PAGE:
I’m keeping half an eye on the #digciz hashtag at the moment and watching folk have a conversation about digital citizenship. I don’t understand why they are using the term “citizen” at all – it’s really not clear to me that my relationship with the various places online that I visit or inhabit is that of a citizen at all. Typically citizenship comes along with a bunch of rights and responsibilities that are given to me in virtue of being a citizen of a particular state. So which state is it that accords me my digital citizenship? Can I leave it if I want? What sort of contract do I have with this state? A social one? Explicit? Tacit? Hypothetical? All these questions are problematic enough in the context of nation states, and I don’t see how we’d even begin to answer them in the context of the digital realm (for want of a better word). Maybe looking at Estonian Digital Citizenship would help? (Thanks Niall for the pointer – it doesn’t help, haha.)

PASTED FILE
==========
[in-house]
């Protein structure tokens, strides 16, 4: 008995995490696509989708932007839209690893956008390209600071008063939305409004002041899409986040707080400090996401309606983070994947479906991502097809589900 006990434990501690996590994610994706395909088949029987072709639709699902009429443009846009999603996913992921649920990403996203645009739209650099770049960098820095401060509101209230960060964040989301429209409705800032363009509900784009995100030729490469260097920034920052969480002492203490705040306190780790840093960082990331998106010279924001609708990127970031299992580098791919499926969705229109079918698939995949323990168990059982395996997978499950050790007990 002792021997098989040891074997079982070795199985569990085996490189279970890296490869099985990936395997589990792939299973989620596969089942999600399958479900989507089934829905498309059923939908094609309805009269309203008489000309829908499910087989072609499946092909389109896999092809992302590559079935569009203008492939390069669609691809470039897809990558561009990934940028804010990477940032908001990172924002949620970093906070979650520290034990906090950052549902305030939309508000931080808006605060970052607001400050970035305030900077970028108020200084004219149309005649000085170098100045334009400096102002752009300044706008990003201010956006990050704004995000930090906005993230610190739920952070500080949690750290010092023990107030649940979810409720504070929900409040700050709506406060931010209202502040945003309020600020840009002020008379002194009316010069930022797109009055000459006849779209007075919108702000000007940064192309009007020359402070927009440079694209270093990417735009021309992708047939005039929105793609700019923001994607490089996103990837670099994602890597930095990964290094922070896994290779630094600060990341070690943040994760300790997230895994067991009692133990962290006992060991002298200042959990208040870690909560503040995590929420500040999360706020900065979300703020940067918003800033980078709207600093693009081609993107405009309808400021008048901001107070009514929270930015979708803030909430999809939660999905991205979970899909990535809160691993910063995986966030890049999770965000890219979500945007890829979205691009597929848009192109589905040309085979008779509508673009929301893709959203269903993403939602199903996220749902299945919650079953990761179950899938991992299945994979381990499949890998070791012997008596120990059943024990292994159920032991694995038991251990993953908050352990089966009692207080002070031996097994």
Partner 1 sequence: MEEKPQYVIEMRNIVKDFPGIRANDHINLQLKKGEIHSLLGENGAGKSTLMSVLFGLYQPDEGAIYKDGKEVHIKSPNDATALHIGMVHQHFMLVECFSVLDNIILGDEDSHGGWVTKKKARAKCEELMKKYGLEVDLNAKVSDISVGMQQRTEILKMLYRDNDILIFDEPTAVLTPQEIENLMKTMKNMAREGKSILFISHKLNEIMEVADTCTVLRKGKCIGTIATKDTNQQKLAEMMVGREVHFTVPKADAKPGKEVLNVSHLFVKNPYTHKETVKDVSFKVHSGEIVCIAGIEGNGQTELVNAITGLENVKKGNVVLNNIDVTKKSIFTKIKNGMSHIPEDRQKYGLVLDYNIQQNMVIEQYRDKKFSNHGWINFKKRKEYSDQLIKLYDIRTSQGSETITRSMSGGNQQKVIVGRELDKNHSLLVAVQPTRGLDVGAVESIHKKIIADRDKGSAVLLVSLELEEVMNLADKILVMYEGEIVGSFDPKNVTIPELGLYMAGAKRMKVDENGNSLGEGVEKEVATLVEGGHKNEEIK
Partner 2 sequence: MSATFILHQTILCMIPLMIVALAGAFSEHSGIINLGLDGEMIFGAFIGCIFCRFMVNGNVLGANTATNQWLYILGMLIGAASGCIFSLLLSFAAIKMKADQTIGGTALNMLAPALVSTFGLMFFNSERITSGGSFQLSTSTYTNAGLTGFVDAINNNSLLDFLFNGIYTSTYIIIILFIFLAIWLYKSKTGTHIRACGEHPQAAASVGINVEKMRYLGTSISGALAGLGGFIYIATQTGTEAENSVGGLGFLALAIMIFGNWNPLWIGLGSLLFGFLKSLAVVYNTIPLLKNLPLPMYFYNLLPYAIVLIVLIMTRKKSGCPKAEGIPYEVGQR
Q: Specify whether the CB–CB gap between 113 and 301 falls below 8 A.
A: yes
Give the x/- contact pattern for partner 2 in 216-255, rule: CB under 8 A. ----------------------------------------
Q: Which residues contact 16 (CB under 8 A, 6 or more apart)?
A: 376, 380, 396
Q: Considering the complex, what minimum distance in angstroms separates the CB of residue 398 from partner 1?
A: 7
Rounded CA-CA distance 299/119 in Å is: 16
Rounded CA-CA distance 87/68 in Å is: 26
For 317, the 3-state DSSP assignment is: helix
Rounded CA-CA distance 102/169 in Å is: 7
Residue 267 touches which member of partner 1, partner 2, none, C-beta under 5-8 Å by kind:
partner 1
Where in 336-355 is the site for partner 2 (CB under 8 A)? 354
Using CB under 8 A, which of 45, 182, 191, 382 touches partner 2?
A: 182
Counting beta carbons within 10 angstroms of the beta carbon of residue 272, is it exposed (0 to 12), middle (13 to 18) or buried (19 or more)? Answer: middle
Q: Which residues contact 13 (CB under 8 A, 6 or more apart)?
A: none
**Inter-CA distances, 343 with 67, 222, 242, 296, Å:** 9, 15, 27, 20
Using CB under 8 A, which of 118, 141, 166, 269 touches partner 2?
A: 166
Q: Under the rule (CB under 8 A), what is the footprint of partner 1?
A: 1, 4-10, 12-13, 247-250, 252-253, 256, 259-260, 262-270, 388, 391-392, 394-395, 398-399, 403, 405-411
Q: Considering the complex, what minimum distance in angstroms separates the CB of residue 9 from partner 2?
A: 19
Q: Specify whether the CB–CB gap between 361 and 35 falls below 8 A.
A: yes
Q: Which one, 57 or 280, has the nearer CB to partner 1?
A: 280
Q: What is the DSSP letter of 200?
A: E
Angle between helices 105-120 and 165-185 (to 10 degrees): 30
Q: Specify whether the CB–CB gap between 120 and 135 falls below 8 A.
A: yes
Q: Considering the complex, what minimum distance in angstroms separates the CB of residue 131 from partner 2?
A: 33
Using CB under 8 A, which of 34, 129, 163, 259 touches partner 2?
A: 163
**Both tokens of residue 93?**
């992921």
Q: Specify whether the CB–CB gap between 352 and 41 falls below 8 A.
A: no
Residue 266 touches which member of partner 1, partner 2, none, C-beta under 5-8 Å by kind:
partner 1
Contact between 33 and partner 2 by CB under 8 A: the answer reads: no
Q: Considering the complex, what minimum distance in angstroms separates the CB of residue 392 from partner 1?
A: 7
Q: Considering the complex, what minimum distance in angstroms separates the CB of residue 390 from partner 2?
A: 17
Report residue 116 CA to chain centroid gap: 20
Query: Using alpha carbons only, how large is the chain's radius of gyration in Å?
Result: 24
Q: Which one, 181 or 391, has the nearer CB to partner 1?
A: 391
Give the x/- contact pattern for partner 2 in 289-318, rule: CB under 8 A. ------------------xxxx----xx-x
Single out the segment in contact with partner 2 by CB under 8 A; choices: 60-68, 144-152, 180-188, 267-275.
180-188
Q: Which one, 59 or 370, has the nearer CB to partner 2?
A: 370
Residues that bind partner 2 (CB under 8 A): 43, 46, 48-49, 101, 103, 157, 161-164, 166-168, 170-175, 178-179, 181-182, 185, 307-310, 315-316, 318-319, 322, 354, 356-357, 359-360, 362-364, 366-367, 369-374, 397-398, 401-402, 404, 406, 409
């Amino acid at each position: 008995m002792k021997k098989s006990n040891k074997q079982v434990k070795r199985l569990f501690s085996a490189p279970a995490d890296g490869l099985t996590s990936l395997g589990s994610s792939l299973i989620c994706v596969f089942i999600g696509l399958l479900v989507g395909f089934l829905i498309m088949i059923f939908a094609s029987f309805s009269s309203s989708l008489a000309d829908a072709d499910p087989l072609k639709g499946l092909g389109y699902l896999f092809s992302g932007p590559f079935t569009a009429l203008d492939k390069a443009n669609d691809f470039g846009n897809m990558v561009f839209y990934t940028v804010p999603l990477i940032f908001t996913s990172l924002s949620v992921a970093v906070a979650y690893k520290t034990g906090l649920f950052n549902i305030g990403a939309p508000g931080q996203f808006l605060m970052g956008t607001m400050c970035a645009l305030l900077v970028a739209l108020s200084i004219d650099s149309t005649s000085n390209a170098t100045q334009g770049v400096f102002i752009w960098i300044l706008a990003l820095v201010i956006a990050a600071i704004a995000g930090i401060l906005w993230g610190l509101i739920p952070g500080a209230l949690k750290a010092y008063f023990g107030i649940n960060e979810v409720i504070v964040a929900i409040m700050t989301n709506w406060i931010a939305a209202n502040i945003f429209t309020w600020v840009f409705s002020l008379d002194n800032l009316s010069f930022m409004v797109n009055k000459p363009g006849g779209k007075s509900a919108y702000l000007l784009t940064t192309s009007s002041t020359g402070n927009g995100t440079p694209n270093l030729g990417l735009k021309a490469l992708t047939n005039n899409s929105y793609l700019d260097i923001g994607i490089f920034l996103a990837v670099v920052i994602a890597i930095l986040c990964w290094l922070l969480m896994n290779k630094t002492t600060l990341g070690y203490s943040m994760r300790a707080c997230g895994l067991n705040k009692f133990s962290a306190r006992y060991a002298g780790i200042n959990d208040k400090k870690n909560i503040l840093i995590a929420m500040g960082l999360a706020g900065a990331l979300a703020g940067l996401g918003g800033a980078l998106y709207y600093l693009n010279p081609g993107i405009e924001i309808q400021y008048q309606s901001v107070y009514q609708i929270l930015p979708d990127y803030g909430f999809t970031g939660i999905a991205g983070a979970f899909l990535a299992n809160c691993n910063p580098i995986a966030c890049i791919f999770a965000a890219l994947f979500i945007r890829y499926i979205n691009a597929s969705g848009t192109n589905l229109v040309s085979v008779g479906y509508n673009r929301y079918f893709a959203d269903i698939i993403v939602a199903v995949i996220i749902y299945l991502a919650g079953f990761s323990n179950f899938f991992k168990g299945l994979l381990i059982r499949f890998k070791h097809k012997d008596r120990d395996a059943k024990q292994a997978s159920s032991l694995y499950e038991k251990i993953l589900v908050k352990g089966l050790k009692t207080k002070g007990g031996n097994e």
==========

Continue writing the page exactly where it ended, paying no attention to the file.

And what is this digital thing that I am meant to be a citizen of? Is this really meant to be referring to my online behaviour, or is it referring to everything digital that I do? Is there some set of rules that I don’t know about that apply when I sit here, in the privacy of my study, and look at my digital pics of my cats?
I’m genuinely perplexed by this, so if you understand why folk are wanting all the conceptual baggage that comes with the term citizenship, or at least willing to put up with it because of other benefits it carries along with it, please, please let me know. Until then I’ll keep on being a person, online and offline.
Comic remixed from one by @dogtrax